p.setLayout (new java.awt.BorderLayout ());

    /* add a few things */
    p.add ("Center", new java.awt.Label ("Middle from JavaScript"));
    p.add ("North", new java.awt.TextField ("north text from JavaScript"));
    p.add ("South", new java.awt.TextField ("south text from JavaScript"));
    p.add ("East", new java.awt.Button ("inner east from JavaScript"));
    p.add ("West", new java.awt.Button ("inner west from JavaScript"));

    /* configure p a bit */
    p.setBackground (java.awt.Color.red);

    /* configure the frame that p is in */
    f = p.getParent ();
    f.setTitle ("Hello from JavaScript (title reset from JavaScript)");


To invoke this and have the JavaScript program executed from the command
line:

    java ScriptedUI ui.js

---

If you wish to execute a Python/Jython script instead, you could have
stored a matching script as "ui.py":

    """\
    A Python/Jython example for interacting with ScriptedUI.java.
    Rony G. Flatscher, 2006-08-08
    """

    import java
    from java import awt

    *p = bsf.lookupBean('centerPanel')*
    p.setLayout ( awt.BorderLayout () )

    p.add ("Center", java.awt.Label ("Middle from Jython"))
    p.add ("North",  java.awt.TextField ("north text from Jython"))
    p.add ("South",  java.awt.TextField ("south text from Jython"))
    p.add ("East",   java.awt.Button ("inner east from Jython"))
    p.add ("West",   java.awt.Button ("inner west from Jython"))

    p.setBackground (java.awt.Color.orange)

    f = p.getParent ()
    f.setTitle ("Hello from Jython (title reset from Jython)")
      


To invoke this and have the JavaScript program executed from the command
line:

    java ScriptedUI ui.py

----

Or a little bit "exotic" (because most people have never heard of it)
scripting language named Object Rexx (implemented in C++ not Java, still
available because of a BSF-compliant scripting engine), code maybe
stored in a file named "ui.rex":

    *p = .bsf~bsf.lookupBean("centerPanel")*  

    /* set the layout manager to border */
    p~setLayout(.bsf~new("java.awt.BorderLayout"))

    /* add a few things */
    p~add("Center", .bsf~new("java.awt.Label",     "Middle from Object Rexx"))
    p~add("North",  .bsf~new("java.awt.TextField", "North text from Object Rexx"))
    p~add("South",  .bsf~new("java.awt.TextField", "South text from Object Rexx"))
    p~add("East",   .bsf~new("java.awt.Button",    "Inner east text from Object Rexx"))
    p~add("West",   .bsf~new("java.awt.Button",    "Inner west text from Object Rexx"))

    /* configure p a bit */
    p~setBackground(.bsf~bsf.getStaticValue("java.awt.Color", "green"))

    /* configure the frame that p is in */
    f=p~getParent
    f~setTitle("Hello from Object REXX (title reset from Object Rexx)")

    ::requires BSF.CLS    -- get Object Rexx wrapper support for BSF

      

To invoke this and have the JavaScript program executed from the command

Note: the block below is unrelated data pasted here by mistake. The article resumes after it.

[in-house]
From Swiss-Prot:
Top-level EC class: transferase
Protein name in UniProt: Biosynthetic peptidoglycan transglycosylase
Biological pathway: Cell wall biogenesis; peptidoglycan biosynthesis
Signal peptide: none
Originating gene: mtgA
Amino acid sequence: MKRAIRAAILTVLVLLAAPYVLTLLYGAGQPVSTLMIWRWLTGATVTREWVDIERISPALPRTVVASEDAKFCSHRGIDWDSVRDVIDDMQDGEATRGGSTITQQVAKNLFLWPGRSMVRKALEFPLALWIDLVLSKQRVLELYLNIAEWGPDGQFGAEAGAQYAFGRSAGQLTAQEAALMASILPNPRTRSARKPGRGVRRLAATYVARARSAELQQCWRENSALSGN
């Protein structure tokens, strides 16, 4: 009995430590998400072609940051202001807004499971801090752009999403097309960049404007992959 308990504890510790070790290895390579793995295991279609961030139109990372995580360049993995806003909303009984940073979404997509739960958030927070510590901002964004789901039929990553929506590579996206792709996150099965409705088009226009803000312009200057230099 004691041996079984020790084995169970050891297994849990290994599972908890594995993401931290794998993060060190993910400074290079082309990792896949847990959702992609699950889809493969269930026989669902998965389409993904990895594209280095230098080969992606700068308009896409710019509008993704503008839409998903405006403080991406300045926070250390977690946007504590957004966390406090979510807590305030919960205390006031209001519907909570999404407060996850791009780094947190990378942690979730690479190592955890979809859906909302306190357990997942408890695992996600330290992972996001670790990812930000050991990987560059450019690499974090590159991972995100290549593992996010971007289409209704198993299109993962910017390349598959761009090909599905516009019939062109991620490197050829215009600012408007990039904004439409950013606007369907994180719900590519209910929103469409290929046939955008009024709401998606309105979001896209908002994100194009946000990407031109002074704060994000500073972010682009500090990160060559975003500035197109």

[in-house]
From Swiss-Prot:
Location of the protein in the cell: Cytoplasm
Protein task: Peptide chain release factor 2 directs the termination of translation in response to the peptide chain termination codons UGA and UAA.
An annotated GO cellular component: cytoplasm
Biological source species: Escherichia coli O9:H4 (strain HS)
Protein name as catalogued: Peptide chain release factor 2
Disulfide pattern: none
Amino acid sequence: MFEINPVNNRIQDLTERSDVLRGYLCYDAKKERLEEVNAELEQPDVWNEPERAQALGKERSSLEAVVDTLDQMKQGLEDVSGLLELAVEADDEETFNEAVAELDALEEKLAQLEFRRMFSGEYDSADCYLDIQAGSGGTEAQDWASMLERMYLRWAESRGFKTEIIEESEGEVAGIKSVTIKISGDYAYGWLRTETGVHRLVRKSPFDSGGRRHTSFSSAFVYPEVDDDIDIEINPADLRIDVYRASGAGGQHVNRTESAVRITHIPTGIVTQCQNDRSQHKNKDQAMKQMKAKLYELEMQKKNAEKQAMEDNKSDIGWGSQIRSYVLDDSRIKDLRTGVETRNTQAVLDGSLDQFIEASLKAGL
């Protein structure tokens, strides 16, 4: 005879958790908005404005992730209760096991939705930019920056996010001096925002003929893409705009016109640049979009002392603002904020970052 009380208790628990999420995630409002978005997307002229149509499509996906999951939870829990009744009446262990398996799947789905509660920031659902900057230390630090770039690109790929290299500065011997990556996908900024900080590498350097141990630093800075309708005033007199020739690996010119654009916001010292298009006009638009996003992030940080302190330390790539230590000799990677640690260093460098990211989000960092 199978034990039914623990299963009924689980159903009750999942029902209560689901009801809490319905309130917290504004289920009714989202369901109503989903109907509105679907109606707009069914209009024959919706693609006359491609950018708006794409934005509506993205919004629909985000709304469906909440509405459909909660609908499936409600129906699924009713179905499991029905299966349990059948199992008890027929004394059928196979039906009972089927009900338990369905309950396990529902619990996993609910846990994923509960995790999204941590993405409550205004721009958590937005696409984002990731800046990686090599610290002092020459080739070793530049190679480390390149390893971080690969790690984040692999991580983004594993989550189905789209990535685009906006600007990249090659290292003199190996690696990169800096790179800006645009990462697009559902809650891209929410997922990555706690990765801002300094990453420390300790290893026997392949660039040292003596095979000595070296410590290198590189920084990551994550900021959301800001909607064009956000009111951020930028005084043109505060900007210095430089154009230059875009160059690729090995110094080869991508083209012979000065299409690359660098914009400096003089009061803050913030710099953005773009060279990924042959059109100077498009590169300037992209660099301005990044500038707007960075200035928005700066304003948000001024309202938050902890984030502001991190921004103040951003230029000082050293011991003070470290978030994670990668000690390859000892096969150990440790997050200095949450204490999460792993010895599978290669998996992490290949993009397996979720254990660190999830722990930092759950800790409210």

line:

    java ScriptedUI ui.rex

---

Again, you can see that once the infrastructure is in place for using
BSF, one can interchange the scripts and also add the scripts
independently of the Java program (the Java program never needs to be
changed in this case).

These were examples for using BSF 2.4.

---

The examples would slightly differ if you were using BSF 3.0 instead.
BSF 3.0 is a totally independent implementation from BSF 2.4 and uses
the package name "javax.script". It is a JSR-223 implementation and
available to Java 1.4 and Java 1.5 installations. Starting with Java
1.6/6 the Java-supplied "javax.script" would be transparently used
instead, because "javax.script" has become part of Java with version 6.
(BSF 3.0 is used in Harmony as an implementation for "javax.script" AFAIK.)

HTH,

---rony





>> 2008/12/16 Rony G. Flatscher (Apache) <rony@apache.org>
>>
>>     
>>> Hi Ingmar,
>>>
>>> how did that get implemented?
>>>
>>> Did you use by any chance BSF <http://jakarta.apache.org/bsf>? If so,
>>> then not only JavaScript/Rhino would be available, but any of the
>>> supported scripting languages!
>>>
>>> ---rony
>>>
>>>
>>>
>>> Ingmar Kliche wrote:
>>>       
>>>> Hi Roger,
>>>>
>>>> yes, we have implemented it and plan to provide it to the project quite
>>>> soon. But the licensing issue is a good point and should be clarified.
>>>> Technically the implementation needs some final cleanup and things like
>>>>         
>>> test
>>>       
>>>> cases. If you can wait another couple of weeks (due to holiday season) it
>>>> should be available.
>>>>
>>>> Regards,
>>>> Ingmar.
>>>>
>>>> 2008/12/16 Roger Hoover <roger.hoover@gmail.com>
>>>>
>>>>
>>>>         
>>>>> Hi,
>>>>>
>>>>> Has anyone implemented Javascript as an expression language in SCXML
>>>>>           
>>> Common
>>>       
>>>>> with Rhino?  Would there be licensing issues with SCXML under Apache
>>>>> license
>>>>> and Rhino under MPL/GPL/LGPL triple license?
>>>>>
>>>>> If it can't be done as part of this project, how hard would it be to
>>>>> implement externally and do others have interest in it?
>>>>>
>>>>> Thanks,
>>>>>
>>>>> Roger
>>>>>
>>>>>